Continuously enhance your communication skills

Communication skills are the backbone of just about every profession. According to a 2015 Deloitte survey, over 450 business managers and executives in the Western Sydney area found that the overwhelming majority of businesses cite communication skills as one of the most vital skills for applicants to have. Workers who endeavour to continually improve their communication skills will have an instant advantage over those who let them slip.

Be a team player and team leader

Teamwork is at the heart of any successful collaboration. In a changing workforce, being able to bring people together is of critical importance. Those workers who are reliable team players and are capable of better connecting with those around them are highly sought-after across a suite of industries.

Be a leader

As the traditional notion of management shifts, managers and leaders of the future will need to understand what team members want from their work, how to engage them based on trust, and how to identify new solutions to emerging problems.

MBA graduates are properly trained to communicate effectively, operate strategically and steer innovation – all the skills leaders of the future will require.

Become technically, digitally literate

In an era where digital innovation reigns supreme, those workers who elect to prioritise their digital literacy will be well-versed in the language of the future. Digital literacy is also closely linked to a greater comprehension of data and its role in understanding the future of work.

Leading a changing workforce

Are you ready to elevate your career and take charge in a changing workforce? A Master of Business Administration (MBA) is an internationally recognised degree that can help you reach your potential, as well as your career goals. 

Join the newsletter!

Or

Sign up to gain exclusive access to email subscriptions, event invitations, competitions, giveaways, and much more.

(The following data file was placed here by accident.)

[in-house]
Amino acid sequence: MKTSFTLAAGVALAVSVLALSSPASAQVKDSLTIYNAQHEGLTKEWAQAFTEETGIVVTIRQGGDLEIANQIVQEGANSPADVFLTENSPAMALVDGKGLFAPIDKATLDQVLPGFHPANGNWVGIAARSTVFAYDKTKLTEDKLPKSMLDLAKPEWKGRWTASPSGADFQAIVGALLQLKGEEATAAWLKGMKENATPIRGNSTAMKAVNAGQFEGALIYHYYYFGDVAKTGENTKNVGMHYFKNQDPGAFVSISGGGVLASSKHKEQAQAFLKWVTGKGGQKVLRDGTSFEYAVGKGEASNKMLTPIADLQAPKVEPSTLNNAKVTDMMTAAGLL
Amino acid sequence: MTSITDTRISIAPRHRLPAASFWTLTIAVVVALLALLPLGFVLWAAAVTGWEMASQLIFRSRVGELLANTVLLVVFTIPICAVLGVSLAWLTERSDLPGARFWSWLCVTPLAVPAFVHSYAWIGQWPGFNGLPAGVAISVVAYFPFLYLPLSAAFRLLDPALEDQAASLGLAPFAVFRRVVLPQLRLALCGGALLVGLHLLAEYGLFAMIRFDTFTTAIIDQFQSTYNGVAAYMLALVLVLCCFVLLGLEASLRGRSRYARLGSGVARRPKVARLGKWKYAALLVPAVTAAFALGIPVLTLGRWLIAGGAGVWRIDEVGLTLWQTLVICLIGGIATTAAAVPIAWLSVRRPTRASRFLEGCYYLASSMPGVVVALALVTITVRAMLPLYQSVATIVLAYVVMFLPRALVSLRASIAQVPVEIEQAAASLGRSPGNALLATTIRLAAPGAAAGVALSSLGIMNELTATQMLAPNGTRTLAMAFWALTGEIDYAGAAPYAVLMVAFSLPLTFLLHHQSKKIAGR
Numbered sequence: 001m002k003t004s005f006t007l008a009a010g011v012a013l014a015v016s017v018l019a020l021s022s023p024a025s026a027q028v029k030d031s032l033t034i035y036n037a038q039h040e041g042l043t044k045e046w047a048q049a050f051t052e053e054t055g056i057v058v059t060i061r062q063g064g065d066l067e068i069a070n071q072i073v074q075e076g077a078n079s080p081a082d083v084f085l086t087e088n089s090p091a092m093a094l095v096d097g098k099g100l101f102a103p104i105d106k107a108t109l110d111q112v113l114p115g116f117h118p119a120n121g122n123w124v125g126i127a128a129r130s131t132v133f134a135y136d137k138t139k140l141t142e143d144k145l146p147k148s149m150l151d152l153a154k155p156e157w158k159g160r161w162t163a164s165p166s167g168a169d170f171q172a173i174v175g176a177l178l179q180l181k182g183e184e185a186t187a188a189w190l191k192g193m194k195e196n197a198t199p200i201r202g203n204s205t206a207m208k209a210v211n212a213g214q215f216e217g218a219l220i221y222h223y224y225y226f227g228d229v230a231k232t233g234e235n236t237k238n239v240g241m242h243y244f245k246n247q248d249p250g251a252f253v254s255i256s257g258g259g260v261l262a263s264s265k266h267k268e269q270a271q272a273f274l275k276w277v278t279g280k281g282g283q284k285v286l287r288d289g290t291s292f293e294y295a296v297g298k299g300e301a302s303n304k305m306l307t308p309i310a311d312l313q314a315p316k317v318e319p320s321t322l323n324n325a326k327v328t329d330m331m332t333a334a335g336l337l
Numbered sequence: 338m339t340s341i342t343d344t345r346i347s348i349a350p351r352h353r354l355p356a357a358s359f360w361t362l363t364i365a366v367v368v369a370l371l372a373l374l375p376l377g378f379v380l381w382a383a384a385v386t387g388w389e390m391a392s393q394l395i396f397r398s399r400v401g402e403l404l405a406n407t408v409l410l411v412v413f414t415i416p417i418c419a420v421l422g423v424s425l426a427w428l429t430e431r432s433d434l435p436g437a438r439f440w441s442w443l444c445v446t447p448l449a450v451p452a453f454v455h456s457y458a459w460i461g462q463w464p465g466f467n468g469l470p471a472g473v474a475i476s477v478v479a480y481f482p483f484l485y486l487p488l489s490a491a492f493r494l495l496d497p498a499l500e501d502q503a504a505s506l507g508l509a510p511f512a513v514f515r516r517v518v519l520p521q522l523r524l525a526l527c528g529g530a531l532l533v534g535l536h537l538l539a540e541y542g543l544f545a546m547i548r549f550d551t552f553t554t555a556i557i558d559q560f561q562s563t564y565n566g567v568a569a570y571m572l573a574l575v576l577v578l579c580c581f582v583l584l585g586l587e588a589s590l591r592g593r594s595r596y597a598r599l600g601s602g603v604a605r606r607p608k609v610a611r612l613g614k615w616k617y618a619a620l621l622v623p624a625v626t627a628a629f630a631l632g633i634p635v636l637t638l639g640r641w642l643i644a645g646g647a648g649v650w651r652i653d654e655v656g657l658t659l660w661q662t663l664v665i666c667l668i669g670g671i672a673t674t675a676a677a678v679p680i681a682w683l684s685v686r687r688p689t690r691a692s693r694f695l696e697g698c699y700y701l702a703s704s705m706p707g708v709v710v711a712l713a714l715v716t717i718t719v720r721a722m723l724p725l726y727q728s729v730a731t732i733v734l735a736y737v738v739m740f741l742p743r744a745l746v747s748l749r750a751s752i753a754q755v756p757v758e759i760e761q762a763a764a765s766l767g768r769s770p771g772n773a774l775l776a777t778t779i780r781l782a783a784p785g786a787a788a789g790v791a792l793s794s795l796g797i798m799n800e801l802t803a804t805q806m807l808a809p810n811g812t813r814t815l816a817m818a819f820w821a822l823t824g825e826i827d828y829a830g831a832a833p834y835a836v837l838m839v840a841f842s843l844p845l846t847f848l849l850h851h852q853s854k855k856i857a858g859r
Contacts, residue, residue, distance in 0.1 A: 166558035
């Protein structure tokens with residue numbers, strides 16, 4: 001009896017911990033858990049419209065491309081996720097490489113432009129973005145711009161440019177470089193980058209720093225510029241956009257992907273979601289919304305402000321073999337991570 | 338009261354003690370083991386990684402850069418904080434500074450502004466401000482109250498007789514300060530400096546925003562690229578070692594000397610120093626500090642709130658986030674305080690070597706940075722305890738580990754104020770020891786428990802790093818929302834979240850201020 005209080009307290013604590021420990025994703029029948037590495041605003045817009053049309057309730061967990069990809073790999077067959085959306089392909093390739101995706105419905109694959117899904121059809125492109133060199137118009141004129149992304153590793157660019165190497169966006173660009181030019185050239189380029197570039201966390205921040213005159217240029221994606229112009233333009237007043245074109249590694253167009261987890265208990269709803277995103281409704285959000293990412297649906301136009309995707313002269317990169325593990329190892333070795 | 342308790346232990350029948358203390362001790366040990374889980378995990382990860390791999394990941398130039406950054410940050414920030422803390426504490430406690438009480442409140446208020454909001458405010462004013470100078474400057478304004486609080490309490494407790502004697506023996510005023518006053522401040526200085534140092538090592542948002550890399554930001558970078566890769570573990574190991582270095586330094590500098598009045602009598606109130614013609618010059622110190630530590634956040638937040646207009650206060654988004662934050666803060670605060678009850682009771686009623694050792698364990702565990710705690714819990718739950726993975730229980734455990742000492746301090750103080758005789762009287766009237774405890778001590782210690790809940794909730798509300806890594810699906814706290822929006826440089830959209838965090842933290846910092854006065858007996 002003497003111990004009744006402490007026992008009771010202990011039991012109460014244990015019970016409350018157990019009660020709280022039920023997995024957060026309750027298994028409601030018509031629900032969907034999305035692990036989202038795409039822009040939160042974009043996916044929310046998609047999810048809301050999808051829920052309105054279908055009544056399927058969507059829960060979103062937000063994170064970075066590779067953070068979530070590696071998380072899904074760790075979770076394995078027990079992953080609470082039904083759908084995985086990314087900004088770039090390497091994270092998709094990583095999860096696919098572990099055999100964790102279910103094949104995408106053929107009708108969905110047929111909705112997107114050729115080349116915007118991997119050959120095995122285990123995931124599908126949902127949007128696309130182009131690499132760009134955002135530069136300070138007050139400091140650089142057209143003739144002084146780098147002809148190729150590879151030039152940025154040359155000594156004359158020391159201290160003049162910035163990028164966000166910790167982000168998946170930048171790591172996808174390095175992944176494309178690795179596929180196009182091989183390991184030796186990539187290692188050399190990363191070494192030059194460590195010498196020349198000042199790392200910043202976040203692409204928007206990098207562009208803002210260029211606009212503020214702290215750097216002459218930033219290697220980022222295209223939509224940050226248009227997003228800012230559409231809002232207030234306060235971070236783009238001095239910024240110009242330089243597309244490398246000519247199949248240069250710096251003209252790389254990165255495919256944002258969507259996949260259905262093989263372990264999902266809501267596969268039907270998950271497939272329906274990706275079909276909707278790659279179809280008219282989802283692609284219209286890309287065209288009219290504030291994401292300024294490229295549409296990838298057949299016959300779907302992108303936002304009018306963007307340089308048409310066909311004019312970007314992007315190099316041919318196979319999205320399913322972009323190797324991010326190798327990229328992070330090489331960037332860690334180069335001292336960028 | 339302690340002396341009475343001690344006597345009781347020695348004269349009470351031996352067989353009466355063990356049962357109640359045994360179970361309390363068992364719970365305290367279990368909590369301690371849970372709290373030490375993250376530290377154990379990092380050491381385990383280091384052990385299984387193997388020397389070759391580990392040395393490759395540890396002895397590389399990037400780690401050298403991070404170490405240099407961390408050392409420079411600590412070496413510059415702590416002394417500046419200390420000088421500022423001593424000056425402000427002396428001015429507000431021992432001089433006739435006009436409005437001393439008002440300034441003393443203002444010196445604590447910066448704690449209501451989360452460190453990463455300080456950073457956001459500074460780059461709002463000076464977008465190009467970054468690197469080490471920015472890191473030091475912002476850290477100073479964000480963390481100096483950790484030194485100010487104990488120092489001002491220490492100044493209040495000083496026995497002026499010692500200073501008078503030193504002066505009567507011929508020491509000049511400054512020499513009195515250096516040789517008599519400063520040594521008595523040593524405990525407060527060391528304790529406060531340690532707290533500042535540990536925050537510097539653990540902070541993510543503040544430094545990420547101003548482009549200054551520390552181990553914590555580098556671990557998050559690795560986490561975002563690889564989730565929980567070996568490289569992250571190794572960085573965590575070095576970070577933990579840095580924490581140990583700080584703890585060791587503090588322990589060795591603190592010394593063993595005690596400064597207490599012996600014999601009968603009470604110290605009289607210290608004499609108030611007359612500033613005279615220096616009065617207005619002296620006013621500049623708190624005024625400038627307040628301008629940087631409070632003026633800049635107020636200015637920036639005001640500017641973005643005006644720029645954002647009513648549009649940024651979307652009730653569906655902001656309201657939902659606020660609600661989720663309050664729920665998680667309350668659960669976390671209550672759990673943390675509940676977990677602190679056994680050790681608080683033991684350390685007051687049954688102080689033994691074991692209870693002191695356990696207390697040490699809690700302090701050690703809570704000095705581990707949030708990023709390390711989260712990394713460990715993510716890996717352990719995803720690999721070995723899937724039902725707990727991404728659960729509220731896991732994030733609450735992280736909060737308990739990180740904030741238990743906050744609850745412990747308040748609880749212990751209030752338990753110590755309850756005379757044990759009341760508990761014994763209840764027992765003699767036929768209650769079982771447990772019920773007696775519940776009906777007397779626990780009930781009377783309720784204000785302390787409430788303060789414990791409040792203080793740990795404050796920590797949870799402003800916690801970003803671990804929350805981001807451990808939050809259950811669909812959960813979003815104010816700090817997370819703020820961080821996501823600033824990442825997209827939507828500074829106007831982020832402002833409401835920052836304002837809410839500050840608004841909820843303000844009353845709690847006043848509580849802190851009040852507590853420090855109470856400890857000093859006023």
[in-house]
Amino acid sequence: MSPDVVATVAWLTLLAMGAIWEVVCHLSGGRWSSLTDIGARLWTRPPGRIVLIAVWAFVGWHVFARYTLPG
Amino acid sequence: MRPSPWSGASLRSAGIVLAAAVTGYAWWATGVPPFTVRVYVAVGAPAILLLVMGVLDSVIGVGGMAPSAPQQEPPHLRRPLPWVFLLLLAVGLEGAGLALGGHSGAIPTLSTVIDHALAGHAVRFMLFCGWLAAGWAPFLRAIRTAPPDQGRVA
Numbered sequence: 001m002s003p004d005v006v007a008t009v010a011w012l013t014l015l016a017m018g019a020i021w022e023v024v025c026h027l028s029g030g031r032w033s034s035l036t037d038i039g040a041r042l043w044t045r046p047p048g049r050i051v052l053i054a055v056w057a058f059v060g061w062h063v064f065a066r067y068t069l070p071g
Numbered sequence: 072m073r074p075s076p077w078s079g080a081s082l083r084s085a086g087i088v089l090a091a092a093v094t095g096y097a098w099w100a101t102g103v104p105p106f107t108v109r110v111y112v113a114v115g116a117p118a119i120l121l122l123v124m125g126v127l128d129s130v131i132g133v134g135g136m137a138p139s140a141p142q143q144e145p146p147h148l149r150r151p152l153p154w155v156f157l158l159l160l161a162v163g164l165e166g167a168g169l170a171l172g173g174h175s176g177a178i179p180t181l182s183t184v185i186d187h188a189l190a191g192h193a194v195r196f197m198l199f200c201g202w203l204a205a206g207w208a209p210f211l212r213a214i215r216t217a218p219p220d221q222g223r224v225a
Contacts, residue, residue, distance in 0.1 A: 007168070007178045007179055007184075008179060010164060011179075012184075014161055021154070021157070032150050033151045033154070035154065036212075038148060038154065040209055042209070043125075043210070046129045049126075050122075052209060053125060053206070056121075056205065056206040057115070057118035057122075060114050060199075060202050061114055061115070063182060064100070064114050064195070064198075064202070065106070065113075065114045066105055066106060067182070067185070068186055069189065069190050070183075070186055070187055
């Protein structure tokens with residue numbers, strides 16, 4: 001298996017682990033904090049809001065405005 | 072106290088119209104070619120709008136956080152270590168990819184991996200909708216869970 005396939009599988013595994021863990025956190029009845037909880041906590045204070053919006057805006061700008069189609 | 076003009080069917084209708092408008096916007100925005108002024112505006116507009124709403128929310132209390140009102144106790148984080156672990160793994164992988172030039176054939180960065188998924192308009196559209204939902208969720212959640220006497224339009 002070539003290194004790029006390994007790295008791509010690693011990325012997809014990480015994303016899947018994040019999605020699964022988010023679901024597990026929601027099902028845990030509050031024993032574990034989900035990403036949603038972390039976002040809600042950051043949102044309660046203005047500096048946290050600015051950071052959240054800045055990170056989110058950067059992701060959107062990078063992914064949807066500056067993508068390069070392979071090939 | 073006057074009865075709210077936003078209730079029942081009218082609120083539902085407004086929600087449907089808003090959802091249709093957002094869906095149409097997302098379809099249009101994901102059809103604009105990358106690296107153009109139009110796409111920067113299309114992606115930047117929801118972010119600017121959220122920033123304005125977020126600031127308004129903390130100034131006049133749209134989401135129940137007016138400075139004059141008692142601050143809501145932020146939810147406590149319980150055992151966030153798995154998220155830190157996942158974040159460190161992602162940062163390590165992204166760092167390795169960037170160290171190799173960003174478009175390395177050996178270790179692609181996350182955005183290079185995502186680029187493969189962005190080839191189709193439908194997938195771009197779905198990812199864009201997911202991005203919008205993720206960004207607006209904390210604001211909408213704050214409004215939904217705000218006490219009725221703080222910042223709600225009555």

Membership is free, and your security and privacy remain protected. View our privacy policy before signing up.

Error: Please check your email address.
Show Comments

Blog Posts

Augmented Reality: What’s behind the marketing industry’s failure of imagination?

Every flagship smartphone in Australia includes hardware and software purpose-built for AR. A huge audience is ready and waiting. We have an opportunity to craft extraordinary, innovative work. But to get there, we need to push our creative thinking a little harder, writes Gil Fewster.

Gil Fewster

Creative technologist, The Royals

Does your brand need a personality review?

There are five tell-tale signs your brand needs to take a long hard look at itself.

Charlie Rose

Senior Strategy Consultant, Principals

How to create profitable pricing

How do we price goods and services? As business leaders, we have asked ourselves this question since the history of trading.

Lee Naylor

Managing partner, The Leading Edge

Why it's important for me to know that? I don't get it, sorry.

James Fogle

7 things you need to know about Facebook's mood experiment

Read more

Info graphic have proven to be very useful to create brand awareness and drive traffic. Thanks for sharing these Information.Graphic Desi...

Govind Dadhich

Image intelligence:10 must-see infographics for marketers

Read more

Best web hosting packages Vancouver WA understands that only technical support and domain associated email address can bring huge leads ...

Radiata Solutions

6 Ways to ramp up Social Media to Your Web Design

Read more

I had the same vision about change from CX terminology to HX. Even with almost the same title: 'Forget customer experience...' https://ww...

Ekaterina Khramkova

Forget customer experience, human experience is marketing's next frontier

Read more

Thank you, so do I.

David Freeman

Sustainability of message: H2coco founder's commitment to consumers

Read more

Latest Podcast

More podcasts

Sign in